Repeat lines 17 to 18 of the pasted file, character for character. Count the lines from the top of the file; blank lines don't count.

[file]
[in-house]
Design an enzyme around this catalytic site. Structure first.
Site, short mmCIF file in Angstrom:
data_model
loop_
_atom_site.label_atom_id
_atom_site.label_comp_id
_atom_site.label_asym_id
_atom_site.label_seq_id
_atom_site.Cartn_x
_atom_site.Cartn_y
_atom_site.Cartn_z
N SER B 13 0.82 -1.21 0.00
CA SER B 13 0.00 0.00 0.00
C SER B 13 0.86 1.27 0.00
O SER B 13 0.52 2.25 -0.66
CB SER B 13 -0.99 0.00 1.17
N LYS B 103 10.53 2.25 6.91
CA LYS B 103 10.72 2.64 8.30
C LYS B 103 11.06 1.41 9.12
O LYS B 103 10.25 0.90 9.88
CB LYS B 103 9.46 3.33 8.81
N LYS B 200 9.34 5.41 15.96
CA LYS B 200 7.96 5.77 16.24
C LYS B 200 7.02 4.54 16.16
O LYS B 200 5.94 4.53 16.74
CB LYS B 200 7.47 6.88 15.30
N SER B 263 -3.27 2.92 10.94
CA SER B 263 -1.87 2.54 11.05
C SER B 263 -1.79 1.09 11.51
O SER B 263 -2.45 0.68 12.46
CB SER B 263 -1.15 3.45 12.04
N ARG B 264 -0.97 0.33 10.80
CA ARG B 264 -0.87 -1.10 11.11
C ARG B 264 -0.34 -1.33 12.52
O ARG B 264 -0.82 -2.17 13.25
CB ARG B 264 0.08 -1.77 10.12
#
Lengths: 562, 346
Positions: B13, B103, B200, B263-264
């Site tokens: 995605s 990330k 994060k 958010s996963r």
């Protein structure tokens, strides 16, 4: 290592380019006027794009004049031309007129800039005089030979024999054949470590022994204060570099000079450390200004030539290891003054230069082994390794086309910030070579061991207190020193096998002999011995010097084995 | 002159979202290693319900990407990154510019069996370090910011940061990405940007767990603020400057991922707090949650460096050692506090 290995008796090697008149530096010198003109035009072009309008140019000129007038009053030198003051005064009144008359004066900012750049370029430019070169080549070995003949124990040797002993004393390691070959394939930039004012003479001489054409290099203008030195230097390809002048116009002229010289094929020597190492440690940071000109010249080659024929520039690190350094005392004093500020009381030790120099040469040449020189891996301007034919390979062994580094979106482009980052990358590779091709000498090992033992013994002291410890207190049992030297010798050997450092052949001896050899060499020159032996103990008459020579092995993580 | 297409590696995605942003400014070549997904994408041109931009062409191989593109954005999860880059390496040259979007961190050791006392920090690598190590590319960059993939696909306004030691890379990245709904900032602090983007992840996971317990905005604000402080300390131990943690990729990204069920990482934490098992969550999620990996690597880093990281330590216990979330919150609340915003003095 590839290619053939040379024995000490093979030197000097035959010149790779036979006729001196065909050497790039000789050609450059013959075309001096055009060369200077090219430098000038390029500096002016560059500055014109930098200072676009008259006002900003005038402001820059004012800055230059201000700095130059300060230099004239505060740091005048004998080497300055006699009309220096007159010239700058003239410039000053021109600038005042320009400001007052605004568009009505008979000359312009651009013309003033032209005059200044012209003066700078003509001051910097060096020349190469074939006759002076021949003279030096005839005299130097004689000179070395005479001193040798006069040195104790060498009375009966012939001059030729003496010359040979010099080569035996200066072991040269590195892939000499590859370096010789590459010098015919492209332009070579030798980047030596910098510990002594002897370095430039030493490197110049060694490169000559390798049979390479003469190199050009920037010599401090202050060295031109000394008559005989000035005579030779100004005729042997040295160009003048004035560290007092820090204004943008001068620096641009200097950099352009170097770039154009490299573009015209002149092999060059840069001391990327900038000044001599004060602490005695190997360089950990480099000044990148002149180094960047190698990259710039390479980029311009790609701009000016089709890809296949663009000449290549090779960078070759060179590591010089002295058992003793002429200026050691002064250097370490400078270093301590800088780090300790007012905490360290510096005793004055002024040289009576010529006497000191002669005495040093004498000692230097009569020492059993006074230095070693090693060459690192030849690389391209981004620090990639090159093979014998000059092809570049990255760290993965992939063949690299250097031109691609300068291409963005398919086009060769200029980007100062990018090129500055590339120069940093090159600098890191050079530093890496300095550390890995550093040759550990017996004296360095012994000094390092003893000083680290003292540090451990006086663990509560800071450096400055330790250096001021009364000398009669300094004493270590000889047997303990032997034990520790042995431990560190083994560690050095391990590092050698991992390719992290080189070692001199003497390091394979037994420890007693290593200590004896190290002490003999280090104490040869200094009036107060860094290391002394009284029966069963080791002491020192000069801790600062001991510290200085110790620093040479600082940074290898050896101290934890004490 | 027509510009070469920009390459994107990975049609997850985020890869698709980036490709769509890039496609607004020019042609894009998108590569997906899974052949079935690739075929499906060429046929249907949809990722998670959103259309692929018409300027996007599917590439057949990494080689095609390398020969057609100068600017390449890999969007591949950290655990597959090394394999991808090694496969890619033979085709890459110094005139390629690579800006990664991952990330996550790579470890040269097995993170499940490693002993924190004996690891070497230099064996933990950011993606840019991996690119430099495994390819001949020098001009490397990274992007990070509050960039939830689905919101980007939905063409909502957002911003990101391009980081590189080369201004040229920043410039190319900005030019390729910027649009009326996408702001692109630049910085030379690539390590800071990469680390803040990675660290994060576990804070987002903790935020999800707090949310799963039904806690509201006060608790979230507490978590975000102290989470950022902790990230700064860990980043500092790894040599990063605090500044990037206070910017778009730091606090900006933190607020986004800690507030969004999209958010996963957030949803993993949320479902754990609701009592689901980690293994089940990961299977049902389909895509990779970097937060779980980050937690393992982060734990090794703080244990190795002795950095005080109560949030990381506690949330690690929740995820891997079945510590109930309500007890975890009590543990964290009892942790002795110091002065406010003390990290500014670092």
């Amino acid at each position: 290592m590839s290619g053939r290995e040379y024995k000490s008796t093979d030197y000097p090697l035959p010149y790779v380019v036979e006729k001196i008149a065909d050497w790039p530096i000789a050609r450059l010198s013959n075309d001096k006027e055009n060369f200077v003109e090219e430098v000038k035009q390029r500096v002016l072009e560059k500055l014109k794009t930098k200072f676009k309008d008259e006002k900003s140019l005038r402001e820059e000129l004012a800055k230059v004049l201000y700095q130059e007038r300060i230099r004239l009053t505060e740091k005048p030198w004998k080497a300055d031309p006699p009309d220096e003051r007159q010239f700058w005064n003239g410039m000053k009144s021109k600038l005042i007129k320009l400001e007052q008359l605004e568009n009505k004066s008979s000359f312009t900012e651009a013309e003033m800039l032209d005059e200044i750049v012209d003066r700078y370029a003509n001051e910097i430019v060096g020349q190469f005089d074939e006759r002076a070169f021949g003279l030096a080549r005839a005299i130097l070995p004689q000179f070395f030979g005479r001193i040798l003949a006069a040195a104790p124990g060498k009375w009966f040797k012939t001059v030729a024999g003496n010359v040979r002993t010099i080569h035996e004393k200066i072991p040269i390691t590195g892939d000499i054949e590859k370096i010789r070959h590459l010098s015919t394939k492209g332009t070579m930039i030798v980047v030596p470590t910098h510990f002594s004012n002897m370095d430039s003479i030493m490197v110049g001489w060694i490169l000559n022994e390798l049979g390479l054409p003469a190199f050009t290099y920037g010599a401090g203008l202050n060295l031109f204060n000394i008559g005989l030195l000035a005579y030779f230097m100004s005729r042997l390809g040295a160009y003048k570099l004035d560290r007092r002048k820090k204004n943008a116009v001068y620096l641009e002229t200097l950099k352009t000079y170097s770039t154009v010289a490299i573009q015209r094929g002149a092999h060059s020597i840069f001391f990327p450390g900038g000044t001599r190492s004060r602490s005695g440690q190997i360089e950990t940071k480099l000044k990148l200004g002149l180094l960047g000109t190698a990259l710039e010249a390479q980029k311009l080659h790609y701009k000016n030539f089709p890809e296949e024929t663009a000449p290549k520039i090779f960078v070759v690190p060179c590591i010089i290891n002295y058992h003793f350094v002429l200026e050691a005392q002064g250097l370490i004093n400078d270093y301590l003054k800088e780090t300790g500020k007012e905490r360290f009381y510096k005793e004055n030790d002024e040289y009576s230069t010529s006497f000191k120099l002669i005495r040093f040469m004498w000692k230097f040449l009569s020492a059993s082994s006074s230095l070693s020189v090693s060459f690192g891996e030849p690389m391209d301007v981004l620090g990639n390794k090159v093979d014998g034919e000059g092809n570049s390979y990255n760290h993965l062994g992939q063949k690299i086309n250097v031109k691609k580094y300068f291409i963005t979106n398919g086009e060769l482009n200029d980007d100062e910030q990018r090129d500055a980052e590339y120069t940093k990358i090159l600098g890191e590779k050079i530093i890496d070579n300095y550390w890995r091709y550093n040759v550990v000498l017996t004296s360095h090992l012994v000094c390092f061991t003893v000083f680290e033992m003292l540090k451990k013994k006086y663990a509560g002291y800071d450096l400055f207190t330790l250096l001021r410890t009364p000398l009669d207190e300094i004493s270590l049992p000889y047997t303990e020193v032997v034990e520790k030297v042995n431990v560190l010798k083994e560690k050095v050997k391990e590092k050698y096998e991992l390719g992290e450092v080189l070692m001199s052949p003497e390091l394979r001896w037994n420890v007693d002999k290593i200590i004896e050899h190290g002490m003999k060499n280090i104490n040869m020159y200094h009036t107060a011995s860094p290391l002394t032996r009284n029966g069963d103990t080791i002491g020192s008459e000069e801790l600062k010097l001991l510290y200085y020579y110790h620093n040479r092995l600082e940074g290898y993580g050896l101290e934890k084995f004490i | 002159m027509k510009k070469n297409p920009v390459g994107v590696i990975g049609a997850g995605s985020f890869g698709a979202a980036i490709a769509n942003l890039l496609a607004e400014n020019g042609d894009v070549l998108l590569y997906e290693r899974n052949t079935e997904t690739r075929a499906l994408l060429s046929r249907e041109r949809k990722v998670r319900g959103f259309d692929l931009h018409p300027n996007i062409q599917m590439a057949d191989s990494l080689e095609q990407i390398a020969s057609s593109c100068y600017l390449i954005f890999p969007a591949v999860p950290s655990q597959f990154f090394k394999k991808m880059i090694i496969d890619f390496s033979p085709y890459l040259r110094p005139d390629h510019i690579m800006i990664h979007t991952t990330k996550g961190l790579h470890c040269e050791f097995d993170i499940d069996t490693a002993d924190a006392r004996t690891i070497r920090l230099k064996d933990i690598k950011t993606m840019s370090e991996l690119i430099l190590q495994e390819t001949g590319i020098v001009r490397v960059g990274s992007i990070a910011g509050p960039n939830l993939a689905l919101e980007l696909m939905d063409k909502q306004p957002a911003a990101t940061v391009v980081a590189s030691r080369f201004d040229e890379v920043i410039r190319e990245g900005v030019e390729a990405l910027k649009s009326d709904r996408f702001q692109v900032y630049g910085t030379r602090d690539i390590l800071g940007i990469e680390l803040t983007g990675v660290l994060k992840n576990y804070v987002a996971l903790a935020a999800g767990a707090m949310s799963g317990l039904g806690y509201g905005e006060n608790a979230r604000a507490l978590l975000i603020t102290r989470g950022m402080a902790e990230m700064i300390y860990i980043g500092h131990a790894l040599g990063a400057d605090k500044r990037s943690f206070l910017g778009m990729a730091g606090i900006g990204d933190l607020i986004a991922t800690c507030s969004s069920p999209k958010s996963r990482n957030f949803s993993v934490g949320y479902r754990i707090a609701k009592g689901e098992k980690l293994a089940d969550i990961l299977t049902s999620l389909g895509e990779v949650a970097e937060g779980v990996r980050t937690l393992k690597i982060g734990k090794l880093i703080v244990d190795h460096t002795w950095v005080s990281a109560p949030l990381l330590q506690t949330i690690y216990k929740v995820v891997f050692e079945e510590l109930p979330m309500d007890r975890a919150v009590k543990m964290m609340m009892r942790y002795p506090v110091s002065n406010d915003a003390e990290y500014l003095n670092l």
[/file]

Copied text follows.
CB SER B 13 -0.99 0.00 1.17
N LYS B 103 10.53 2.25 6.91